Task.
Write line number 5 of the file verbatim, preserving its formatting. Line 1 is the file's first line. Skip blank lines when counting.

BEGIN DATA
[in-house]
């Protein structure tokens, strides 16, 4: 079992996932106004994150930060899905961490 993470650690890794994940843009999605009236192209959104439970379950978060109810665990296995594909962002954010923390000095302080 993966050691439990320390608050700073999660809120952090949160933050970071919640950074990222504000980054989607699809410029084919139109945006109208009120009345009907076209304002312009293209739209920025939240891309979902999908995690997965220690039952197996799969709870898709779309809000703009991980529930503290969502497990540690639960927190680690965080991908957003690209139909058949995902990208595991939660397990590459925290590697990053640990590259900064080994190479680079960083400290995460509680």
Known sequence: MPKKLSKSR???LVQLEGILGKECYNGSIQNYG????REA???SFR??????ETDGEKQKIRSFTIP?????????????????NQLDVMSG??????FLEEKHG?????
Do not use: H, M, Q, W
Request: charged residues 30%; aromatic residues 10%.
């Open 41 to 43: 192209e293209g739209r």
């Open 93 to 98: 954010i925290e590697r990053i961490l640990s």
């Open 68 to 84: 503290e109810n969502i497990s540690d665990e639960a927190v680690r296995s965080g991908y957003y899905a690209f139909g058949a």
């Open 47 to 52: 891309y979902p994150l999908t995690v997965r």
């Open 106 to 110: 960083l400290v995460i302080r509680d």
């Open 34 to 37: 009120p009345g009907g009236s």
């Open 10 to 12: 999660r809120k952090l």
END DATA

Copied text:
Request: charged residues 30%; aromatic residues 10%.